Almost Royal built an audience for a new BBC America faux-reality show in which two British comedians pose as aristocratic siblings Georgie and Poppy Carlton, then interact with everyday Americans.
While the show's official Tumblr and Twitter accounts have been popular, the breakaway hit has been a pair of accounts "written by" Poppy and Georgie. Rather than focus on promotional tweets, the accounts serve as extra content, telling stories that don't fit within the show's seven-episode run. By the end of 2014, after the first season aired, these in-character feeds each earned 12k highly engaged followers.
The stars appeared in the twelve-episode web series "Almost Royal Goes to YouTube," talking to comedians and actors including Grace Helbig, Hannah Hart, and Dave Hill. The series earned 1.1 million total views. The stars also participated in a series of exclusive Vines, earning 672 followers and over 150k loops.
The Almost Royal campaign tackled a typically difficult problem for a new show: How do you build an audience around an unfamiliar story? The talent and creators were unknown by the show's American target audience—in fact, their obscurity was an asset to the faux-reality production. But the marketing had to work up from zero, building a context for the show.
The campaign included an official Tumblr and Twitter account, which treated the show as a comedy with actors. But uniquely, it also included two in-character, "in-world" accounts, which treated the show as reality. These two accounts, written by a team of show staff and outside comedy writers, built up a context for the show by exploring Poppy and Georgie Carlton's backstories and demonstrating their attitudes, behaviors, and world views.
The in-character accounts launched well before broadcast, for verisimilitude and to give fans a rich seam of extra content. The characters tweeted daily, building up an early followership before the show even began traditional marketing. By the time the show premiered, the character feeds felt full and mature, which led to rapid follower pickup and engagement.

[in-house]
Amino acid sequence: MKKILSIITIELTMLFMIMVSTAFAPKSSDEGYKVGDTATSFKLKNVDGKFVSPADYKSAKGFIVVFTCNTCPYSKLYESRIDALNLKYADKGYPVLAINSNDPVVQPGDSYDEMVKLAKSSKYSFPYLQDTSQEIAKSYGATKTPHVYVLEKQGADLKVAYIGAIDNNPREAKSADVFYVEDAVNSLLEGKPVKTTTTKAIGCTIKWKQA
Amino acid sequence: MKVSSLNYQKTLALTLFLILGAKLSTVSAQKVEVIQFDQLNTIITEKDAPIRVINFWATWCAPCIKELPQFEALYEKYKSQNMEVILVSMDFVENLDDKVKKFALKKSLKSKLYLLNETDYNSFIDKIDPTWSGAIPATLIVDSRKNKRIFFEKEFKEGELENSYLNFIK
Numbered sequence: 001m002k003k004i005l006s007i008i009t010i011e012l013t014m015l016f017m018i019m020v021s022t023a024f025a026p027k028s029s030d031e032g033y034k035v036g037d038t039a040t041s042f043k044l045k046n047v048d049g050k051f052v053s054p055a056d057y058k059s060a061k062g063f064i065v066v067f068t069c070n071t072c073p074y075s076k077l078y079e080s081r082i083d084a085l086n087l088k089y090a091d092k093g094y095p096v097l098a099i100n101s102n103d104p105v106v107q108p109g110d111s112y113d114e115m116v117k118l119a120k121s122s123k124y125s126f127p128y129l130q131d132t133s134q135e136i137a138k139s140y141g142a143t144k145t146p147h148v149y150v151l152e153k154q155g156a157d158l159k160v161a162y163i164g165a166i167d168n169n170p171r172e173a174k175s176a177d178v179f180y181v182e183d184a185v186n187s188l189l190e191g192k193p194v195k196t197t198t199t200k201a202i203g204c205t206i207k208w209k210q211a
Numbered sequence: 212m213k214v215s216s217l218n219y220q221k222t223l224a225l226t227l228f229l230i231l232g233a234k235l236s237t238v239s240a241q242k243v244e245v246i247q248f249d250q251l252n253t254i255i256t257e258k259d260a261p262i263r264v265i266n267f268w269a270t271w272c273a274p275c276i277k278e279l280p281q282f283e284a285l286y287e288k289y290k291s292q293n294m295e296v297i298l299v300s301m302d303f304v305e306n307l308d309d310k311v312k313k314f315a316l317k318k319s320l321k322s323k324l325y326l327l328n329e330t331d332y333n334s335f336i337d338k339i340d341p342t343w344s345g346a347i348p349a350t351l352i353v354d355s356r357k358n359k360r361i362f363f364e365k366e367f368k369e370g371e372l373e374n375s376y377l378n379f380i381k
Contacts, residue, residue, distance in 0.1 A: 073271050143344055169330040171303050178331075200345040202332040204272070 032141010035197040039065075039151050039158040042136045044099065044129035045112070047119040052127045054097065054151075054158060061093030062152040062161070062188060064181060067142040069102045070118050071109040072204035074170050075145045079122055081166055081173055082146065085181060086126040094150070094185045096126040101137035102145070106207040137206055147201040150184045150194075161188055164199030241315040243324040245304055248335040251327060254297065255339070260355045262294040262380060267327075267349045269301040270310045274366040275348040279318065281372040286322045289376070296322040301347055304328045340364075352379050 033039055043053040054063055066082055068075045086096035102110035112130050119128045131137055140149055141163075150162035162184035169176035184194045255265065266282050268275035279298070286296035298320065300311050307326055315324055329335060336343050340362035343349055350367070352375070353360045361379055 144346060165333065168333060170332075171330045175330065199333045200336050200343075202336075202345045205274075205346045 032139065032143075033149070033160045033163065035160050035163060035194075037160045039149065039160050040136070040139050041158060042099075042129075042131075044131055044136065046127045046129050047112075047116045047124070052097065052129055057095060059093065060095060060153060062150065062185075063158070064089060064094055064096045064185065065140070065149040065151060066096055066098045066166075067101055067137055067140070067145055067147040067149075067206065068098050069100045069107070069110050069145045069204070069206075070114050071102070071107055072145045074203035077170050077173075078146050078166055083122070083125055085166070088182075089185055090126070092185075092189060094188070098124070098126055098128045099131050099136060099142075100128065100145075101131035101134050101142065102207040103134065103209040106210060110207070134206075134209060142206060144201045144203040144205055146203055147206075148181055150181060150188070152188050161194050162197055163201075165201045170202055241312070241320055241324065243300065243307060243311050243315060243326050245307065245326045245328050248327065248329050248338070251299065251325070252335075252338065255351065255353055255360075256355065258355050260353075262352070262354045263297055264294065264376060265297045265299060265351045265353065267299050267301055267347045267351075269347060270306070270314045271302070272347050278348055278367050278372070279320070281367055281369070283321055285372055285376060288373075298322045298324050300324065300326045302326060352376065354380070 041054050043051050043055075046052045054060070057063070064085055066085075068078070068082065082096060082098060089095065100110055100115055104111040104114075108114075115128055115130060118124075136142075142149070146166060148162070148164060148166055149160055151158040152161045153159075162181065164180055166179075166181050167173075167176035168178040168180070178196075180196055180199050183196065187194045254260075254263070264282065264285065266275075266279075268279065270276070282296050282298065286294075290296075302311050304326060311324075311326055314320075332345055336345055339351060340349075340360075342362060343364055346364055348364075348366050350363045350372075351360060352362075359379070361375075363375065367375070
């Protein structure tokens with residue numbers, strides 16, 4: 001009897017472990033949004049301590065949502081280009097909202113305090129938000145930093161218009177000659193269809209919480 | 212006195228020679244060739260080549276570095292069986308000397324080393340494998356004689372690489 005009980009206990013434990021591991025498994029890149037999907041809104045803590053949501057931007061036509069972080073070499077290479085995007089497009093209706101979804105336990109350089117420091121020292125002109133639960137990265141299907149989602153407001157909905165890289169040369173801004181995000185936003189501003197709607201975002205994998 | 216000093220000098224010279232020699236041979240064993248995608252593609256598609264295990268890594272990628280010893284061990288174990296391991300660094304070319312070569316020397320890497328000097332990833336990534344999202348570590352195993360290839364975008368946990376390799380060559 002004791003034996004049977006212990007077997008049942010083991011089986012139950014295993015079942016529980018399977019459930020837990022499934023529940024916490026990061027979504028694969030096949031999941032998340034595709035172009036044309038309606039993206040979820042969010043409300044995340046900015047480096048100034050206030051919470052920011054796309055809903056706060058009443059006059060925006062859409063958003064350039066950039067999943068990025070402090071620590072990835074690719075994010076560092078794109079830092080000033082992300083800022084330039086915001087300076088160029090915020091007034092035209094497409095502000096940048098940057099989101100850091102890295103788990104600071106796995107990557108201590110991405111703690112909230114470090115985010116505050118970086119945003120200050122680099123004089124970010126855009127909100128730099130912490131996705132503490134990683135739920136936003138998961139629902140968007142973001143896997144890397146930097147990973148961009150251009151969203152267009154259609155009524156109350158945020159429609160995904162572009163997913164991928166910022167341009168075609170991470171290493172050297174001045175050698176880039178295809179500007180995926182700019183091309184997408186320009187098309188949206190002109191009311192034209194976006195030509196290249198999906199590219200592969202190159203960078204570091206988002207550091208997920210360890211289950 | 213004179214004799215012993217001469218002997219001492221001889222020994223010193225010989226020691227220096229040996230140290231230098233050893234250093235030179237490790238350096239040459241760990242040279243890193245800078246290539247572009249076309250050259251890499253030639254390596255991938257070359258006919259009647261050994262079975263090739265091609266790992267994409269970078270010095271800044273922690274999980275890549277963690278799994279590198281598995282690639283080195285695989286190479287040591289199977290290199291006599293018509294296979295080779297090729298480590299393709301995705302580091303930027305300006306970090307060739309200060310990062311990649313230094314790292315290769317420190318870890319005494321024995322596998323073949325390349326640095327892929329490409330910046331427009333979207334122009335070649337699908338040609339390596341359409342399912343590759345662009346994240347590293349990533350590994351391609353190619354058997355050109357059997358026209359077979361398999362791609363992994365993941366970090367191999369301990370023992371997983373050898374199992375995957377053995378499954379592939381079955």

The in-character accounts live-tweeted every broadcast, interacting with fans and building on the show's content. These interactions connected fans deeply with the characters without requiring the realtime attention of the show's actors or original creative team. This is when fans truly began treating the accounts as canonical extensions of the characters—asking the accounts for selfies, referencing even the smallest jokes from the show, referring to the accounts as the actual characters, not as a social media campaign. (The social media team maintained this connection by avoiding any mention of who was running the accounts.)
The creative team was, of course, still very engaged in the social media campaign. All non-timely tweets were reviewed by the show's producer, who kept them up to the standards of the on-show writing. Almost Royal's Vine account ran exclusive clips starring the actors, written and directed by the social media team, and shot with the show's crew and producer. The Vines, shot quickly without much expense, efficiently gave the audience a context for the characters and the show's theme of "clueless Brits in America."
BBC America's excellent network of Tumblr blogs, including blogs for Orphan Black, Top Gear, and Doctor Who, helped the Almost Royal Tumblr find early fans. The Tumblr, which runs show content, stories from Poppy and Georgie, and clips of the actors' other work, now has 754 followers.
Possibly the biggest success came from the 1.1-million-view web series, "Almost Royal Goes to YouTube." In this series, which premiered before the TV show's first season, the show's two stars hosted a faux-talk show with celebrities from TV and the internet. By getting in front of fans of Grace Helbig, Hannah Hart, and others, they attracted an internet-savvy crowd who were interested in the concurrent Twitter accounts, and who tuned into the show. These fans have become core followers of the social media accounts, proving that the YouTube series made a great match between the sense of humor of Almost Royal and that of its guest stars.
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